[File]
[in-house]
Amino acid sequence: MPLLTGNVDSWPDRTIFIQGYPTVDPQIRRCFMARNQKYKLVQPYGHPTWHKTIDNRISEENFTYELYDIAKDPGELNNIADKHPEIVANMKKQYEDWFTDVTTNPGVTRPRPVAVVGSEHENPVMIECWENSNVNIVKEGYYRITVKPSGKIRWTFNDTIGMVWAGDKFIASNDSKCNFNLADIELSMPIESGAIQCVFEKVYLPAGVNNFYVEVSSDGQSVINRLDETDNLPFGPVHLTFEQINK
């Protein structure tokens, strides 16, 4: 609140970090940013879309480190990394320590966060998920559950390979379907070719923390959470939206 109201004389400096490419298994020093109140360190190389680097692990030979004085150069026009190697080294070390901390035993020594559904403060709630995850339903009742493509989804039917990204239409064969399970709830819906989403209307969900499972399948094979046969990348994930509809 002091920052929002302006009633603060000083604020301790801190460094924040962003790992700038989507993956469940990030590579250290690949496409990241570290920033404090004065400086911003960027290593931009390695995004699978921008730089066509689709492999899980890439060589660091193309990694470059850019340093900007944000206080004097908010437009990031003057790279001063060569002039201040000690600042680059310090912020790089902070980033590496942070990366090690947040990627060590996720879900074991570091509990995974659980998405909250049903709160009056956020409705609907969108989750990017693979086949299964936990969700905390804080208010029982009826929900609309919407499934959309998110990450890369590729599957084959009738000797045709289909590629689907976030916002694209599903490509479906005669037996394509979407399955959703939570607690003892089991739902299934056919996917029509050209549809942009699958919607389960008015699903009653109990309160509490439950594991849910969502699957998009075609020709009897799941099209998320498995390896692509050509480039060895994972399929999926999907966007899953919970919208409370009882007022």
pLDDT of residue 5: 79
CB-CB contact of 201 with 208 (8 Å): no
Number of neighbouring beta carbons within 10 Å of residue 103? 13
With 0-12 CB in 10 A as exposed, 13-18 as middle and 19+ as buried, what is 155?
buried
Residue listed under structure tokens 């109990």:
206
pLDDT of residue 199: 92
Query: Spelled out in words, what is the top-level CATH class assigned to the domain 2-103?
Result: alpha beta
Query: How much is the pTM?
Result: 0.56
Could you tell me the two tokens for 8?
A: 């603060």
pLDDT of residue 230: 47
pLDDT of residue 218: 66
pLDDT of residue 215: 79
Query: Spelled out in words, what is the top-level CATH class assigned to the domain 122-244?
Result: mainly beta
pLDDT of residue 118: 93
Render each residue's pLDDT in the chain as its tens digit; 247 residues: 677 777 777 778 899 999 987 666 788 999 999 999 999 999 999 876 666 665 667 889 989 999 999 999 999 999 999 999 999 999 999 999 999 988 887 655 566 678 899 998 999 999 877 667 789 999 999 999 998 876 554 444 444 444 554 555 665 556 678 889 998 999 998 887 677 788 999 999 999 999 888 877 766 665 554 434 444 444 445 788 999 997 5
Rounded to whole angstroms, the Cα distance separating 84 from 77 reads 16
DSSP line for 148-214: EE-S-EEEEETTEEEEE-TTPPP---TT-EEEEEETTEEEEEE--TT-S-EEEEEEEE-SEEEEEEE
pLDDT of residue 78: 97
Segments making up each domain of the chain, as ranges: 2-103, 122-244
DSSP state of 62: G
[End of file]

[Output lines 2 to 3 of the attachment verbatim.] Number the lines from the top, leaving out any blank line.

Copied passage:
Amino acid sequence: MPLLTGNVDSWPDRTIFIQGYPTVDPQIRRCFMARNQKYKLVQPYGHPTWHKTIDNRISEENFTYELYDIAKDPGELNNIADKHPEIVANMKKQYEDWFTDVTTNPGVTRPRPVAVVGSEHENPVMIECWENSNVNIVKEGYYRITVKPSGKIRWTFNDTIGMVWAGDKFIASNDSKCNFNLADIELSMPIESGAIQCVFEKVYLPAGVNNFYVEVSSDGQSVINRLDETDNLPFGPVHLTFEQINK
């Protein structure tokens, strides 16, 4: 609140970090940013879309480190990394320590966060998920559950390979379907070719923390959470939206 109201004389400096490419298994020093109140360190190389680097692990030979004085150069026009190697080294070390901390035993020594559904403060709630995850339903009742493509989804039917990204239409064969399970709830819906989403209307969900499972399948094979046969990348994930509809 002091920052929002302006009633603060000083604020301790801190460094924040962003790992700038989507993956469940990030590579250290690949496409990241570290920033404090004065400086911003960027290593931009390695995004699978921008730089066509689709492999899980890439060589660091193309990694470059850019340093900007944000206080004097908010437009990031003057790279001063060569002039201040000690600042680059310090912020790089902070980033590496942070990366090690947040990627060590996720879900074991570091509990995974659980998405909250049903709160009056956020409705609907969108989750990017693979086949299964936990969700905390804080208010029982009826929900609309919407499934959309998110990450890369590729599957084959009738000797045709289909590629689907976030916002694209599903490509479906005669037996394509979407399955959703939570607690003892089991739902299934056919996917029509050209549809942009699958919607389960008015699903009653109990309160509490439950594991849910969502699957998009075609020709009897799941099209998320498995390896692509050509480039060895994972399929999926999907966007899953919970919208409370009882007022």